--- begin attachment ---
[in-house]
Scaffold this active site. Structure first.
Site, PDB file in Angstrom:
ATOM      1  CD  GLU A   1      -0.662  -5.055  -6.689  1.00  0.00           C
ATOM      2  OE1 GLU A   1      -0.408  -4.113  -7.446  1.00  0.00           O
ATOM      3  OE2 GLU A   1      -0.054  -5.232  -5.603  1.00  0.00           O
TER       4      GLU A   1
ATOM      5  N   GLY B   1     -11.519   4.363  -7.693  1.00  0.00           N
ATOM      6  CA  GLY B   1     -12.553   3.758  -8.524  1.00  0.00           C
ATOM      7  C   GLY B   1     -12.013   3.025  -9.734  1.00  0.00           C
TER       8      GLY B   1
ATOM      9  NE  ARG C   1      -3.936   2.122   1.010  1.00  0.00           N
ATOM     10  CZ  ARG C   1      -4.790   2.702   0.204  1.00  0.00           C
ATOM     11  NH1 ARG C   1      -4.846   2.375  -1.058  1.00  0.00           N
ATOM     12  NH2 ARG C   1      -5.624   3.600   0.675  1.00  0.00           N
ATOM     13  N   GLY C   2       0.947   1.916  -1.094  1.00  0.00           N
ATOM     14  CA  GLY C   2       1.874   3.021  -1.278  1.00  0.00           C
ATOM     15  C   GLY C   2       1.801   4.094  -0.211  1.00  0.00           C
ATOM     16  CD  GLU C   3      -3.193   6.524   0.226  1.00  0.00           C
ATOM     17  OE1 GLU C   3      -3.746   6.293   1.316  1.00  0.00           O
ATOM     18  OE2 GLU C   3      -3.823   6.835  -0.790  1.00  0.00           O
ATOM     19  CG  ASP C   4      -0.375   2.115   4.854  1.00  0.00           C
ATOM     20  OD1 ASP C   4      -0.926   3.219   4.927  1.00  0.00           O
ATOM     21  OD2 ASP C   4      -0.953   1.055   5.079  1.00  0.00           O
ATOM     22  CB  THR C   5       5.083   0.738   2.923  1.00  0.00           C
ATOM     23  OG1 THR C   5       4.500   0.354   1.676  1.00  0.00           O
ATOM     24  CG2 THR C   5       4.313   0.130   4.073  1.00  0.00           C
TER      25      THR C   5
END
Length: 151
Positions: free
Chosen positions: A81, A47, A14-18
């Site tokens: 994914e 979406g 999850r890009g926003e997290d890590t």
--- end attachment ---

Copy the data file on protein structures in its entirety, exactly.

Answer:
[in-house]
Scaffold this active site. Structure first.
Site, PDB file in Angstrom:
ATOM      1  CD  GLU A   1      -0.662  -5.055  -6.689  1.00  0.00           C
ATOM      2  OE1 GLU A   1      -0.408  -4.113  -7.446  1.00  0.00           O
ATOM      3  OE2 GLU A   1      -0.054  -5.232  -5.603  1.00  0.00           O
TER       4      GLU A   1
ATOM      5  N   GLY B   1     -11.519   4.363  -7.693  1.00  0.00           N
ATOM      6  CA  GLY B   1     -12.553   3.758  -8.524  1.00  0.00           C
ATOM      7  C   GLY B   1     -12.013   3.025  -9.734  1.00  0.00           C
TER       8      GLY B   1
ATOM      9  NE  ARG C   1      -3.936   2.122   1.010  1.00  0.00           N
ATOM     10  CZ  ARG C   1      -4.790   2.702   0.204  1.00  0.00           C
ATOM     11  NH1 ARG C   1      -4.846   2.375  -1.058  1.00  0.00           N
ATOM     12  NH2 ARG C   1      -5.624   3.600   0.675  1.00  0.00           N
ATOM     13  N   GLY C   2       0.947   1.916  -1.094  1.00  0.00           N
ATOM     14  CA  GLY C   2       1.874   3.021  -1.278  1.00  0.00           C
ATOM     15  C   GLY C   2       1.801   4.094  -0.211  1.00  0.00           C
ATOM     16  CD  GLU C   3      -3.193   6.524   0.226  1.00  0.00           C
ATOM     17  OE1 GLU C   3      -3.746   6.293   1.316  1.00  0.00           O
ATOM     18  OE2 GLU C   3      -3.823   6.835  -0.790  1.00  0.00           O
ATOM     19  CG  ASP C   4      -0.375   2.115   4.854  1.00  0.00           C
ATOM     20  OD1 ASP C   4      -0.926   3.219   4.927  1.00  0.00           O
ATOM     21  OD2 ASP C   4      -0.953   1.055   5.079  1.00  0.00           O
ATOM     22  CB  THR C   5       5.083   0.738   2.923  1.00  0.00           C
ATOM     23  OG1 THR C   5       4.500   0.354   1.676  1.00  0.00           O
ATOM     24  CG2 THR C   5       4.313   0.130   4.073  1.00  0.00           C
TER      25      THR C   5
END
Length: 151
Positions: free
Chosen positions: A81, A47, A14-18
């Site tokens: 994914e 979406g 999850r890009g926003e997290d890590t």